Saturday, November 22, 2008

Kingdoms in the Snow

It snowed for most of the day, surrounding the Train in silent curtains of white flakes. A layer of white built up outside the compartment window. I could see the tiny crystals in it against the dark wood of the frame. The engine dripped, hot and iron-black in the middle of all the white, and snowflakes vanished on it in tiny puffs of steam.

We stopped at a few small villages - Tremel, Arn, Tackahoe, and two or three more whose names I've forgotten. Everyone in them was tucked away in their houses, sleeping or sitting quietly, looking out at the snow. It's the first snow of the year. By January, no one will even notice it anymore; the flakes on the ground and in the air will become as unremarkable as leaves in Summer. Today, though, the world stops to watch them. Everything is quiet. The sleeping passenger in our compartment wasn't the only one. Only one passenger got off the Train all day, wrapped in so many scarves that nothing was visible but a pair of gleaming yellow eyes. The bundled figure was walking away down the streets of Tremel, a lone silhouette in the empty whiteness, when the Train pulled out of the station. The smell of frost came in through the open door and lingered for half an hour.

A few miles past Tackahoe, there were snowflies in the snow. They looked a bit like tiny white moths. I couldn't see their faces or their tiny hands; I'd need a microscope even if they ever stayed still. They were barely visible even when they flew right up to the Train's windows, braving the raging heat that leaked through the panes of glass. I doubt they got anywhere near the engine. The salamanders on the roof, letting out curious little puffs of steam, must have seemed like enormous fire-breathing dragons.

No one is sure where snowflies come from. They are never seen before the first snowfall. Some people believe they are born then, that one water drop in a million freezes into a snowfly instead of a snowflake and takes on a tiny life of its own.

Snowflies live fast. A day lasts about a year for them. They live through nights that are whole Winters, when ice blooms and the world flourishes, and bleak daytime Summers when the sun drains the cold from the world. An exceptionally long-lived snowfly might see the passing of an entire week. They collect snowflakes, digging them out of the layers on the ground or catching in them midair. Some of them look for quite a while. No one knows why, but only certain snowflakes will do. They build castles with them. This is probably the first tribe of snowflies to appear this year; they will begin a new era, here at the dawn of time, and be remembered in myth and legend by their descendants.

Their castles are marvels of miniature architecture. Snowflies lock snowflakes together like the pieces of a jigsaw puzzle, building them into walls and minarets and tall spires like icicles made of lace. The very thickest walls are thinner than my little finger, and they can withstand the strongest Winter gale. For their size, the snowflies' ice buildings are stronger than stone. The rooms are smaller than the ones in a doll's house.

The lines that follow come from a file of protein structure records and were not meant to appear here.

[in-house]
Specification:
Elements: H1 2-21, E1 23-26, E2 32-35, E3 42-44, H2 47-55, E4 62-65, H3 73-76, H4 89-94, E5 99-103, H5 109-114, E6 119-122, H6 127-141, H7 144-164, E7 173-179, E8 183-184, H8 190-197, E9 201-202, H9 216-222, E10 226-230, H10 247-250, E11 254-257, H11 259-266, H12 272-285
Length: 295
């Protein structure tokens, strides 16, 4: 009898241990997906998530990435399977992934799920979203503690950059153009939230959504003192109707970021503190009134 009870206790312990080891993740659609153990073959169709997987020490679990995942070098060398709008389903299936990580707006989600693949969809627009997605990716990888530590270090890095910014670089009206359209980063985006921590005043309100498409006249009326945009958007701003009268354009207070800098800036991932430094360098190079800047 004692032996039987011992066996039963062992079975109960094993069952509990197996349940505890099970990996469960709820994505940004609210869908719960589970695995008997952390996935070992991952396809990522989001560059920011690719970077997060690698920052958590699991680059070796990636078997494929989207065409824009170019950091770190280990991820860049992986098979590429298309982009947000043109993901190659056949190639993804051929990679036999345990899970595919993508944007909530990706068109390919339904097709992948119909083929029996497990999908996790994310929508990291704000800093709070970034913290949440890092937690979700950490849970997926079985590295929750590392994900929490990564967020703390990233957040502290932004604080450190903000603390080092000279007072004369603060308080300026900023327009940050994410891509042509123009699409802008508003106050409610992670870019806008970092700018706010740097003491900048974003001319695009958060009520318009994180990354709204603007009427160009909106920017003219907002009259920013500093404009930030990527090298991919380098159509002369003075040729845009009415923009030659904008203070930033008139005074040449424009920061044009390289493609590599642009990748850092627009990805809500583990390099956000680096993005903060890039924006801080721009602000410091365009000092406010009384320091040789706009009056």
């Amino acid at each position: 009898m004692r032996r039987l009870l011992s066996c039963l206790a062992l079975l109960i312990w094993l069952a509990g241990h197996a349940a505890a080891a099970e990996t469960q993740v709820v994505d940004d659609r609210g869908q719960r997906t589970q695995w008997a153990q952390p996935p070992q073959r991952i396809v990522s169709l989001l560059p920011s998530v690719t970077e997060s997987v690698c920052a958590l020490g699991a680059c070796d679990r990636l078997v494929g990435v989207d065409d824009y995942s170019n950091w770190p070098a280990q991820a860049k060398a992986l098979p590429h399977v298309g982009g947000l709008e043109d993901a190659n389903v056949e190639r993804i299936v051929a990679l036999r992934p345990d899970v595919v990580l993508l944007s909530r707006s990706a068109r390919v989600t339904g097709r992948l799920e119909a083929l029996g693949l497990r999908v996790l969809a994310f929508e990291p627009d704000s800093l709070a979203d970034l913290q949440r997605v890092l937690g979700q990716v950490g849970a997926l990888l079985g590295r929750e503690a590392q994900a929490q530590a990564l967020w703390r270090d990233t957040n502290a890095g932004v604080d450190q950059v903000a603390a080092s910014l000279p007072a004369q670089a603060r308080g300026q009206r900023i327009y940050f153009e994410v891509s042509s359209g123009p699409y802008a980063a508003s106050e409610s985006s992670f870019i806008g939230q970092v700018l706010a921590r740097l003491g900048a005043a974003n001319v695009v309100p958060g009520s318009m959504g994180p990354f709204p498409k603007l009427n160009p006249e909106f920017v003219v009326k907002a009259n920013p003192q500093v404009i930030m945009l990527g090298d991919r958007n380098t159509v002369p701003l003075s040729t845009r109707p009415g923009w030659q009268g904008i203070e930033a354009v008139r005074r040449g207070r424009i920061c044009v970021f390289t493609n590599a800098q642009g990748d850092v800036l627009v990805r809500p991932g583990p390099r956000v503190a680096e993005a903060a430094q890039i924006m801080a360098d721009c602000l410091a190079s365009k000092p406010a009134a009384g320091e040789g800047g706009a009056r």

The castles are more or less the same every year. Either the snowflies build them by instinct, or the basics of snowflake masonry are rediscovered each Winter.

By February, each castle will have become a palace, a monumental construction of a trillion tiny crystals. The snowflies will build an empire. Settlements will grow around the palace, little clusters of ice huts sprouting like mushrooms. A few snowflake empires have grown to cover whole hillsides. The farmers will harvest the frost every morning. Hunts will fly out after gargantuan field mice and the occasional terrifying shrew, waging ferocious battles in the tunnels beneath an inch of snow.

It's almost impossible to observe snowflies, as they're not much larger than snowflakes and move so fast they're practically invisible. Nearly everything we know about them is thanks to Brindle Soffmoggin, a scientist who once spent three weeks in the snow with a camera and a magnifying glass, studying the snowflies. They were curious about him at first (a mute, molten giant, lying motionless on the ground for years at a time), but started treating him like part of the landscape after a few hours. They harvested frost off of the mountain of his coat. Most people these days know Soffmoggin by his nickname, Snowfly Brindley.

In Spring, the world of the snowflies will come to an end. The days will grow longer and harsher. The castles will drip and collapse. The frost will become scarce and die out, the snow will stop falling, and empires that have stood for months will crumble and fall into anarchy. Every snowfly in the Railway Regions will be gone before May.

Next November, when the first snow falls, a new tribe of snowflies will appear and start history all over again.

The world, it is generally agreed, has been around a long time. It will probably be around for quite a while longer. Looking at the snowflies every year, though, I can't help but wonder how many there have been before it.

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Blogger Eggnog said...

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